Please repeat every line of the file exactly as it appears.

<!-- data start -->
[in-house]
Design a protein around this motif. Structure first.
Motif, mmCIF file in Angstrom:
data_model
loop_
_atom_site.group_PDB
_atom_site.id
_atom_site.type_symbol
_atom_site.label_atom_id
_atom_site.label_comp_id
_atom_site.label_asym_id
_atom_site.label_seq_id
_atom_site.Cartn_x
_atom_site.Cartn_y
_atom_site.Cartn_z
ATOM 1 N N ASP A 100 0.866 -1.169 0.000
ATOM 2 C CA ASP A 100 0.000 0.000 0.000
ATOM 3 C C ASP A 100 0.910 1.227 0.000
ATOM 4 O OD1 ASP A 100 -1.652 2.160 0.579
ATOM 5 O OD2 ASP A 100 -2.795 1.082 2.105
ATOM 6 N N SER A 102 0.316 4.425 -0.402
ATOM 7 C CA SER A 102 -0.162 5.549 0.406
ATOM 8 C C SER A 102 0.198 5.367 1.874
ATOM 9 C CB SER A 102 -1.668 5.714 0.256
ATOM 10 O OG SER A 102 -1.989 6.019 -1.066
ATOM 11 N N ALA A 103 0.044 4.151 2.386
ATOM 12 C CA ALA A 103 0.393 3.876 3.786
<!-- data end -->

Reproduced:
[in-house]
Design a protein around this motif. Structure first.
Motif, mmCIF file in Angstrom:
data_model
loop_
_atom_site.group_PDB
_atom_site.id
_atom_site.type_symbol
_atom_site.label_atom_id
_atom_site.label_comp_id
_atom_site.label_asym_id
_atom_site.label_seq_id
_atom_site.Cartn_x
_atom_site.Cartn_y
_atom_site.Cartn_z
ATOM 1 N N ASP A 100 0.866 -1.169 0.000
ATOM 2 C CA ASP A 100 0.000 0.000 0.000
ATOM 3 C C ASP A 100 0.910 1.227 0.000
ATOM 4 O OD1 ASP A 100 -1.652 2.160 0.579
ATOM 5 O OD2 ASP A 100 -2.795 1.082 2.105
ATOM 6 N N SER A 102 0.316 4.425 -0.402
ATOM 7 C CA SER A 102 -0.162 5.549 0.406
ATOM 8 C C SER A 102 0.198 5.367 1.874
ATOM 9 C CB SER A 102 -1.668 5.714 0.256
ATOM 10 O OG SER A 102 -1.989 6.019 -1.066
ATOM 11 N N ALA A 103 0.044 4.151 2.386
ATOM 12 C CA ALA A 103 0.393 3.876 3.786